Cafeteria struggles as student workforce declines

Stephanie Willison prepares the salad bar at the cafeteria. Recently,
the cafeteria closed the salad bar on Saturday due to a student worker
shortage. Wednesday, March 23, 2022. (Photo by: Maiya Banks)
Stephanie Willison prepares the salad bar at the cafeteria. Recently, the cafeteria closed the salad bar on Saturday due to a student worker shortage. Wednesday, March 23, 2022. (Photo by: Maiya Banks)

Service jobs, like those at the cafeteria, tend to feel the effects of low staffing the hardest, according to Teddy Kyriakidis, Southern Adventist University’s Food Services director. He explained that the decline in student cafeteria workers has been occurring over the past seven years.

 According to Kyriakidis, the reason for the worker shortage could be a combination of multiple factors, including COVID-19 and the fact that it is a hands-on job that many students may not consider. 

Low-staffing of student workers in the cafeteria leads to various problems. The salad bar has had to be closed on Saturdays because there are not enough workers according to Kyriakidis. He said he believes that Sabbath observance has played a role in the lack of student workers on Saturday and that staffing on Sunday is also difficult because many students want to sleep in and don’t like working on that day. 

Milé Pinero, senior English literature major and a cafeteria cashier, said that since the cafeteria is understaffed, the student workers who already work there are given more tasks. 

“From what I’ve noticed, because the cafeteria is often understaffed, more work falls on the shoulders of people with different job descriptions, and some people might not think that is fair,” Pinero said.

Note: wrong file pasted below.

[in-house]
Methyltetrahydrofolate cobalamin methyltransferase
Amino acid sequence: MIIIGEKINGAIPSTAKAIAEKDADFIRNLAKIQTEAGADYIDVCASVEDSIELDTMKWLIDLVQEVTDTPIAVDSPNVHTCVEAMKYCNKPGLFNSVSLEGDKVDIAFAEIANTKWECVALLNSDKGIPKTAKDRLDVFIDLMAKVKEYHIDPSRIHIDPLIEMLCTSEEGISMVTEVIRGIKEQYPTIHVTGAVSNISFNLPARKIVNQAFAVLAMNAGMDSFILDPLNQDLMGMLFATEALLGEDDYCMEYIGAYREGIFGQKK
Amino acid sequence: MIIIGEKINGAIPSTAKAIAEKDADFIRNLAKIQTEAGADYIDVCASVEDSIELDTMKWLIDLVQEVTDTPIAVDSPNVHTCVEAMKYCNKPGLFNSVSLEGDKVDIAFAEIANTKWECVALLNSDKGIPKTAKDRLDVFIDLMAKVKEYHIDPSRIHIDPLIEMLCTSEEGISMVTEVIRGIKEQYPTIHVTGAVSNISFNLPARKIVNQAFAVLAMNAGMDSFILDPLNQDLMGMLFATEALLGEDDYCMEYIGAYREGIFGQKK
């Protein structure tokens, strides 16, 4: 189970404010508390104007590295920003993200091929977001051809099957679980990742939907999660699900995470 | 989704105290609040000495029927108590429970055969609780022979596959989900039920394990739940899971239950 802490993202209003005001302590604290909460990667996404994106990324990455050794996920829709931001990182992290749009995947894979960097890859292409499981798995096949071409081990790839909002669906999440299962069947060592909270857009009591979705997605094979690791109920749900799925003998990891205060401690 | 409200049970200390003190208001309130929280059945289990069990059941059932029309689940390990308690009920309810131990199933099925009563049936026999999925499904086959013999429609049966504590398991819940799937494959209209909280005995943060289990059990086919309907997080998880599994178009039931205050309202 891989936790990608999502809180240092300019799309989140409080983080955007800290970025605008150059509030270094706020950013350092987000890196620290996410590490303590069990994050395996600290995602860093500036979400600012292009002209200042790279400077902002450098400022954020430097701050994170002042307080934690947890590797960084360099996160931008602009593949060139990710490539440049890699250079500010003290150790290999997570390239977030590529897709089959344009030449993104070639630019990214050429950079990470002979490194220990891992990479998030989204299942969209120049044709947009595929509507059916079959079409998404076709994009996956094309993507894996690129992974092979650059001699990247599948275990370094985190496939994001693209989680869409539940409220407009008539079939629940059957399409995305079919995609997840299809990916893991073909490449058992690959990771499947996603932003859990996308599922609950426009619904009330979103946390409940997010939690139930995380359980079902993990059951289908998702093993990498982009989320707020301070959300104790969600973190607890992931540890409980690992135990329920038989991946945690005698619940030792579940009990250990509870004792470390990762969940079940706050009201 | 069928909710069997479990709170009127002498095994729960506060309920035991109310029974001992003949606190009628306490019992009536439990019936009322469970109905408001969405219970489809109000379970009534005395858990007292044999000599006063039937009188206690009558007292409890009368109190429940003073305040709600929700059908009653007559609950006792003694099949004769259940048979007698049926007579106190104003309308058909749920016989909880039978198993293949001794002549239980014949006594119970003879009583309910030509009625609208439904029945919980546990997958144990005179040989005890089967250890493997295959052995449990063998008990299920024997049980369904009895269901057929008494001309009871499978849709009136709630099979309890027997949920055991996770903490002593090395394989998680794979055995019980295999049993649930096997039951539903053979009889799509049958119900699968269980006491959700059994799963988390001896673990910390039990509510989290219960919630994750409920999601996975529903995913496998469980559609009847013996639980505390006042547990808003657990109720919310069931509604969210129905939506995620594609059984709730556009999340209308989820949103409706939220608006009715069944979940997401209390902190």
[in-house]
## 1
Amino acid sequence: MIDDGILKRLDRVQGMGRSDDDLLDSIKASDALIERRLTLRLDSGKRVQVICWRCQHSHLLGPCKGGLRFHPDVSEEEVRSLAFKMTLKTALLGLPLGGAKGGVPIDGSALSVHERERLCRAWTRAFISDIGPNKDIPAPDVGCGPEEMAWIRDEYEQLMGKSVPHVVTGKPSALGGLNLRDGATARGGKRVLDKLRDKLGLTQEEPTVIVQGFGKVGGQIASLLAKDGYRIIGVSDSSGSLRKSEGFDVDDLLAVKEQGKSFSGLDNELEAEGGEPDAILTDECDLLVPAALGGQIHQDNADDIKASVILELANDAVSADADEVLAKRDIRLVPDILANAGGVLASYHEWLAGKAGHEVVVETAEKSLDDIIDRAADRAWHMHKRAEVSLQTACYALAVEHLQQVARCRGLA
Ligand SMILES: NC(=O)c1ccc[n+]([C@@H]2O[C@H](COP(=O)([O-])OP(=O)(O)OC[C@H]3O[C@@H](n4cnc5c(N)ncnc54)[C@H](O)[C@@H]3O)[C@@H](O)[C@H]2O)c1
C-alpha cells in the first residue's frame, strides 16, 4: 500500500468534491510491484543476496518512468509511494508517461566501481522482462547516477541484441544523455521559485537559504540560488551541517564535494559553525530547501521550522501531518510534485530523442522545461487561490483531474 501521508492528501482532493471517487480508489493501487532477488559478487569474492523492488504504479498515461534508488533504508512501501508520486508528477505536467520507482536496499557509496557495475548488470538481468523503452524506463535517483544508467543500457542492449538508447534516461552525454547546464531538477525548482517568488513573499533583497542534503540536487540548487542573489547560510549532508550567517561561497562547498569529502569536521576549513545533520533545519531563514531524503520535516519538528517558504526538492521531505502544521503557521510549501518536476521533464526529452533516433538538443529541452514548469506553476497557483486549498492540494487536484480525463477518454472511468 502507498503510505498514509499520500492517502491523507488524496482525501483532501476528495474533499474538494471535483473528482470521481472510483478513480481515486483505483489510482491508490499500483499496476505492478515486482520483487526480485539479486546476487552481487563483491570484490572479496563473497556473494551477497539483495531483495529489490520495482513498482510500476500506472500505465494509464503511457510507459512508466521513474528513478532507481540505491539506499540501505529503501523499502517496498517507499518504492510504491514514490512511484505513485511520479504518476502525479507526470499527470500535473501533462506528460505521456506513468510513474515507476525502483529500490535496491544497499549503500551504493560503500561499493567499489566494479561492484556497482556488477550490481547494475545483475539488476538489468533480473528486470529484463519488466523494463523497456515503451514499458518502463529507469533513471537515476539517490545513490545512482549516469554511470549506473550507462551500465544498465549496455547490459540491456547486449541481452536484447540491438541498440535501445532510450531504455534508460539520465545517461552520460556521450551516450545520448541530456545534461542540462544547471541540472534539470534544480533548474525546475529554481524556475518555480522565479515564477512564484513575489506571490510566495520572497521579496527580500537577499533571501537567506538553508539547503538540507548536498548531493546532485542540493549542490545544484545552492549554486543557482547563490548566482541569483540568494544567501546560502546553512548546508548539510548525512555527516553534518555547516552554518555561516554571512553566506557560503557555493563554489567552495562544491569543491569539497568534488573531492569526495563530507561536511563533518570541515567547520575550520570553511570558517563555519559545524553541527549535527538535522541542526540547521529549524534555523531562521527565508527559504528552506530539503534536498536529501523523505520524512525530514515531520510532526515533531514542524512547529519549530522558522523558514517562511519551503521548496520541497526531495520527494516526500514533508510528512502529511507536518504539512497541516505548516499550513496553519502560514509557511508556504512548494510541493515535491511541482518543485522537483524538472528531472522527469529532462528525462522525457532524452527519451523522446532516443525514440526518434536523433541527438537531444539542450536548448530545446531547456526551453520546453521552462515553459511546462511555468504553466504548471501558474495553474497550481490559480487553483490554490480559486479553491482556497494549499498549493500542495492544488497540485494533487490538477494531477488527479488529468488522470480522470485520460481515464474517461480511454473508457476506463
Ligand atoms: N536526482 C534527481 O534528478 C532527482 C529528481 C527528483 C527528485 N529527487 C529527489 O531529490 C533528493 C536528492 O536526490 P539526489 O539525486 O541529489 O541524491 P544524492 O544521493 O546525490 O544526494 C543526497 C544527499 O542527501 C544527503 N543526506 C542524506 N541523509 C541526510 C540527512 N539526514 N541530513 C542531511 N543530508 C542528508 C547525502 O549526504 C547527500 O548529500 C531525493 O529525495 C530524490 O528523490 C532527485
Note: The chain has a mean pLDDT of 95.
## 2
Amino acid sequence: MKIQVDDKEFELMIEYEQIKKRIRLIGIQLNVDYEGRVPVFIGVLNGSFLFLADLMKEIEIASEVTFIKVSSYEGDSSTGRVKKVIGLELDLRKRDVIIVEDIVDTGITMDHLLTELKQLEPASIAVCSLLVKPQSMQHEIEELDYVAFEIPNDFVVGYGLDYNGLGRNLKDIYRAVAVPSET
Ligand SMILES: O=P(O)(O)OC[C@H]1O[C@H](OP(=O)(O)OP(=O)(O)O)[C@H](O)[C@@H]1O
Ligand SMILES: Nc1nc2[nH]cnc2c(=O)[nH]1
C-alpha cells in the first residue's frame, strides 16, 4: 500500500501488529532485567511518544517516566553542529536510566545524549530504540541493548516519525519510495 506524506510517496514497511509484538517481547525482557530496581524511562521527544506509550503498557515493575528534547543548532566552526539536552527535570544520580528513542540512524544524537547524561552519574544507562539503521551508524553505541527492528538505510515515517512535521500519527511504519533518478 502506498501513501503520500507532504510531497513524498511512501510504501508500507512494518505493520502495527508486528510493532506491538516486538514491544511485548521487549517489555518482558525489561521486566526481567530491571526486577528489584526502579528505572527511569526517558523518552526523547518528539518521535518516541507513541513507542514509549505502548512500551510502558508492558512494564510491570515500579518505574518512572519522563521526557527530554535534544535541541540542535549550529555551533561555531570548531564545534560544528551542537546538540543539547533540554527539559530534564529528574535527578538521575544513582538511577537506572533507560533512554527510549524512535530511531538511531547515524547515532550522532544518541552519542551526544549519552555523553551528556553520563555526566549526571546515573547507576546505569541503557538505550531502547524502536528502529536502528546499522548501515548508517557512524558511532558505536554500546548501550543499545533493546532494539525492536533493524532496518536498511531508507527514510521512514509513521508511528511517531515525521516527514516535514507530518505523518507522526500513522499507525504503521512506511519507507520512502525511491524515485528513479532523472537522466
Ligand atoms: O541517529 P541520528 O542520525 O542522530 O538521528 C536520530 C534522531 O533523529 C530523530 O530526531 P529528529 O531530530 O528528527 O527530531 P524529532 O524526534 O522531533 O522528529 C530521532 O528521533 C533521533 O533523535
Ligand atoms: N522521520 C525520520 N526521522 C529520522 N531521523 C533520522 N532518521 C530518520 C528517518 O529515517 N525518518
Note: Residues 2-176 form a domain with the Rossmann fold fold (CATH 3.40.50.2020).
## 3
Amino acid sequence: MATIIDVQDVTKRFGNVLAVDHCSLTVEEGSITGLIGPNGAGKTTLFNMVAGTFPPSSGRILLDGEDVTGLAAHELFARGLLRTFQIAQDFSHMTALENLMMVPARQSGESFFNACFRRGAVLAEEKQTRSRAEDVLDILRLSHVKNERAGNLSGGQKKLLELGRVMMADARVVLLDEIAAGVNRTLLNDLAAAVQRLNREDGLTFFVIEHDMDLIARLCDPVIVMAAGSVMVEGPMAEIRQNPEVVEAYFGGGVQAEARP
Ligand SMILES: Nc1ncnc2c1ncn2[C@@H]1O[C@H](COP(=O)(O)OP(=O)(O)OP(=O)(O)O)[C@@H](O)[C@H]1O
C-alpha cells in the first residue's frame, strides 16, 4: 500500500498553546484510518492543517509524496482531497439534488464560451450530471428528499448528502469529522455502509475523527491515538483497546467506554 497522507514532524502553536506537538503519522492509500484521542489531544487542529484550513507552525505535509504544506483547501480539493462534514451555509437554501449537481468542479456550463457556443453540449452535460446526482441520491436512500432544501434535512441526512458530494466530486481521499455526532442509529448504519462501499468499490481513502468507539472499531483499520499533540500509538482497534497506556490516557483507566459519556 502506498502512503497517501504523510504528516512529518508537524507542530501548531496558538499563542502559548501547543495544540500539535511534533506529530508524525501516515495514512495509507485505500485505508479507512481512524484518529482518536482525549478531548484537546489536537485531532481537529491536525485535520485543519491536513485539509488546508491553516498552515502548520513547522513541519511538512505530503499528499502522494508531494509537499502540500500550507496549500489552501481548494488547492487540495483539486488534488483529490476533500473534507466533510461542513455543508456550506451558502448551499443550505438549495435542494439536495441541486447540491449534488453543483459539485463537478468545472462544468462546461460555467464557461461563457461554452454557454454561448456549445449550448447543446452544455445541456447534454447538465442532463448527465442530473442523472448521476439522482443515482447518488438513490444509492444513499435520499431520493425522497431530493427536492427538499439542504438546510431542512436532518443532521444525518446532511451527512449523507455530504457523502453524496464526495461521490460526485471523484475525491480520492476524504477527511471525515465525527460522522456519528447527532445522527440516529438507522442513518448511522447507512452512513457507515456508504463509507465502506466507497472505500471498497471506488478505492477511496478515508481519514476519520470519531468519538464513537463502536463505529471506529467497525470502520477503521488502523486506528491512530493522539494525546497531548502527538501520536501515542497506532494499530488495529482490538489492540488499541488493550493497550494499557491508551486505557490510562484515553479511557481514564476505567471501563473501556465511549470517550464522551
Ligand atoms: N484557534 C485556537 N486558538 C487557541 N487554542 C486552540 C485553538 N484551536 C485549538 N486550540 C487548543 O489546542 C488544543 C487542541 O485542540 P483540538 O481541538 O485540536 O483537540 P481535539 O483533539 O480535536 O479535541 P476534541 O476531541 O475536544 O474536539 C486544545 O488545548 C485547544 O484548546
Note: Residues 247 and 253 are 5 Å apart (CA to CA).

Sophomore mass communication major Keishla Galán works as a cashier at the cafeteria. She agreed that student workers there are given a lot of work.

“As a student that has been working in the cafeteria for almost three years, I can testify that it is a lot of work,” Galán said. “In my experience, there is always so much work, and unfortunately as workers we are not always compensated for that. Currently, I am a cashier at the cafeteria, which is a job that I’m enjoying more than my past ones.” 

Kyriakidis said there are benefits to working in the cafeteria. 

“Students have the opportunity to learn many things while working in the cafeteria like time management, food service and how to have a strong work ethic,” he said. “It’s also an opportunity to make friends with your co-workers.” 

The cafeteria offers very flexible hours, according to Kyriakidis. He said a student can work a minimum of just two hours at a time, and there are shifts available from morning till evening. The location is more accessible for students than off-campus work. 

Kyriakidis said cafeteria work is “necessary and needed” and encouraged students to consider working there.

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